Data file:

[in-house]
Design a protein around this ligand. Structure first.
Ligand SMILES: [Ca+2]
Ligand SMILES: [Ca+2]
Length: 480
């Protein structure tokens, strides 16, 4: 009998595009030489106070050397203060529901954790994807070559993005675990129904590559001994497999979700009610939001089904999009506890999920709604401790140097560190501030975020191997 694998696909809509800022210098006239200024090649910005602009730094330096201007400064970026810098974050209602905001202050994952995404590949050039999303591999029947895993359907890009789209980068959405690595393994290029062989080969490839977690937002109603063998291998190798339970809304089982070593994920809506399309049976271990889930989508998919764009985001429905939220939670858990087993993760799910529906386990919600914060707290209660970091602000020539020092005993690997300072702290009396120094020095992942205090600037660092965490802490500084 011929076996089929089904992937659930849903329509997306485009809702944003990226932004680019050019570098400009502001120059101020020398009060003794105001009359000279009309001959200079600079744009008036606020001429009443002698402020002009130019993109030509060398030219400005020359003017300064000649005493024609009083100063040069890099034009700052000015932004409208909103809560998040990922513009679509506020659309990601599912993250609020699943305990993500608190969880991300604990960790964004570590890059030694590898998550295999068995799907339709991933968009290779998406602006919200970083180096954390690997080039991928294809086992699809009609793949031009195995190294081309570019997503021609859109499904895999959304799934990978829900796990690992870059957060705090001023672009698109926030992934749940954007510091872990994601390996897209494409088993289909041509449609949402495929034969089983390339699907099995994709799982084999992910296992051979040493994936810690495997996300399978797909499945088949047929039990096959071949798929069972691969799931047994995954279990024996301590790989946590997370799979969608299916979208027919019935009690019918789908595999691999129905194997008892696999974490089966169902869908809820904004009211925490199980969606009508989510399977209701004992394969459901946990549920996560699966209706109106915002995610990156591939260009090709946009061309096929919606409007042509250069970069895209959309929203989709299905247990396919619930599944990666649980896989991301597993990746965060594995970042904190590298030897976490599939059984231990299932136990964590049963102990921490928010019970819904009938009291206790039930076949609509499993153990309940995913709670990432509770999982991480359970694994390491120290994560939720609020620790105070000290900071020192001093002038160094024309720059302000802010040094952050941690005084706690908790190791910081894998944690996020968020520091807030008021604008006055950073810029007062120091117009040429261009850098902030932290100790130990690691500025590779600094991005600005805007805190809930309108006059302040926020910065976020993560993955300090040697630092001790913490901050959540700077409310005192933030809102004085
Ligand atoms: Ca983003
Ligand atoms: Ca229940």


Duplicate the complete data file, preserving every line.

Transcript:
[in-house]
Design a protein around this ligand. Structure first.
Ligand SMILES: [Ca+2]
Ligand SMILES: [Ca+2]
Length: 480
């Protein structure tokens, strides 16, 4: 009998595009030489106070050397203060529901954790994807070559993005675990129904590559001994497999979700009610939001089904999009506890999920709604401790140097560190501030975020191997 694998696909809509800022210098006239200024090649910005602009730094330096201007400064970026810098974050209602905001202050994952995404590949050039999303591999029947895993359907890009789209980068959405690595393994290029062989080969490839977690937002109603063998291998190798339970809304089982070593994920809506399309049976271990889930989508998919764009985001429905939220939670858990087993993760799910529906386990919600914060707290209660970091602000020539020092005993690997300072702290009396120094020095992942205090600037660092965490802490500084 011929076996089929089904992937659930849903329509997306485009809702944003990226932004680019050019570098400009502001120059101020020398009060003794105001009359000279009309001959200079600079744009008036606020001429009443002698402020002009130019993109030509060398030219400005020359003017300064000649005493024609009083100063040069890099034009700052000015932004409208909103809560998040990922513009679509506020659309990601599912993250609020699943305990993500608190969880991300604990960790964004570590890059030694590898998550295999068995799907339709991933968009290779998406602006919200970083180096954390690997080039991928294809086992699809009609793949031009195995190294081309570019997503021609859109499904895999959304799934990978829900796990690992870059957060705090001023672009698109926030992934749940954007510091872990994601390996897209494409088993289909041509449609949402495929034969089983390339699907099995994709799982084999992910296992051979040493994936810690495997996300399978797909499945088949047929039990096959071949798929069972691969799931047994995954279990024996301590790989946590997370799979969608299916979208027919019935009690019918789908595999691999129905194997008892696999974490089966169902869908809820904004009211925490199980969606009508989510399977209701004992394969459901946990549920996560699966209706109106915002995610990156591939260009090709946009061309096929919606409007042509250069970069895209959309929203989709299905247990396919619930599944990666649980896989991301597993990746965060594995970042904190590298030897976490599939059984231990299932136990964590049963102990921490928010019970819904009938009291206790039930076949609509499993153990309940995913709670990432509770999982991480359970694994390491120290994560939720609020620790105070000290900071020192001093002038160094024309720059302000802010040094952050941690005084706690908790190791910081894998944690996020968020520091807030008021604008006055950073810029007062120091117009040429261009850098902030932290100790130990690691500025590779600094991005600005805007805190809930309108006059302040926020910065976020993560993955300090040697630092001790913490901050959540700077409310005192933030809102004085
Ligand atoms: Ca983003
Ligand atoms: Ca229940």